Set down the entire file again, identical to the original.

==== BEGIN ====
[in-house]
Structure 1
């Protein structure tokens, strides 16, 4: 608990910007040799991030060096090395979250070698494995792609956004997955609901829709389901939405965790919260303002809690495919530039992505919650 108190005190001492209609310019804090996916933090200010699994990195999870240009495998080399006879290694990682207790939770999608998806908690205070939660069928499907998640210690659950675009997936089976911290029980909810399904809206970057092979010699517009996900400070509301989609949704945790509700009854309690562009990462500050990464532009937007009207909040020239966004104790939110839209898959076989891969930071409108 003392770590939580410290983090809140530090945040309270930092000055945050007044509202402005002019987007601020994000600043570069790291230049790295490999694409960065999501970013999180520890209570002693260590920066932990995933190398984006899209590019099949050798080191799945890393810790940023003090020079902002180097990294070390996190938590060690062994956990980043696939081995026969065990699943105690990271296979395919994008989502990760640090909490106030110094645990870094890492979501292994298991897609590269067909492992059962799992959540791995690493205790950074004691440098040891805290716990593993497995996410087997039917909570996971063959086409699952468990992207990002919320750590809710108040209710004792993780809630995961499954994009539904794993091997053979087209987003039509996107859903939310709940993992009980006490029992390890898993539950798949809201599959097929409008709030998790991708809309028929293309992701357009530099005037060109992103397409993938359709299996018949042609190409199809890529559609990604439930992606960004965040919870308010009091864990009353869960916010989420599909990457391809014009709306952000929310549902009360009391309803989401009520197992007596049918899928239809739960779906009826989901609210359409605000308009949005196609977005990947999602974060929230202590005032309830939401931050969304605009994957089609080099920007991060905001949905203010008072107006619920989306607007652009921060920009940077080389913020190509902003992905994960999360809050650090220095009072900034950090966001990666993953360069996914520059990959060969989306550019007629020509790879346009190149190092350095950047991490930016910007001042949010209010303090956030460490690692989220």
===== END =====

[in-house]
Structure 1
């Protein structure tokens, strides 16, 4: 608990910007040799991030060096090395979250070698494995792609956004997955609901829709389901939405965790919260303002809690495919530039992505919650 108190005190001492209609310019804090996916933090200010699994990195999870240009495998080399006879290694990682207790939770999608998806908690205070939660069928499907998640210690659950675009997936089976911290029980909810399904809206970057092979010699517009996900400070509301989609949704945790509700009854309690562009990462500050990464532009937007009207909040020239966004104790939110839209898959076989891969930071409108 003392770590939580410290983090809140530090945040309270930092000055945050007044509202402005002019987007601020994000600043570069790291230049790295490999694409960065999501970013999180520890209570002693260590920066932990995933190398984006899209590019099949050798080191799945890393810790940023003090020079902002180097990294070390996190938590060690062994956990980043696939081995026969065990699943105690990271296979395919994008989502990760640090909490106030110094645990870094890492979501292994298991897609590269067909492992059962799992959540791995690493205790950074004691440098040891805290716990593993497995996410087997039917909570996971063959086409699952468990992207990002919320750590809710108040209710004792993780809630995961499954994009539904794993091997053979087209987003039509996107859903939310709940993992009980006490029992390890898993539950798949809201599959097929409008709030998790991708809309028929293309992701357009530099005037060109992103397409993938359709299996018949042609190409199809890529559609990604439930992606960004965040919870308010009091864990009353869960916010989420599909990457391809014009709306952000929310549902009360009391309803989401009520197992007596049918899928239809739960779906009826989901609210359409605000308009949005196609977005990947999602974060929230202590005032309830939401931050969304605009994957089609080099920007991060905001949905203010008072107006619920989306607007652009921060920009940077080389913020190509902003992905994960999360809050650090220095009072900034950090966001990666993953360069996914520059990959060969989306550019007629020509790879346009190149190092350095950047991490930016910007001042949010209010303090956030460490690692989220």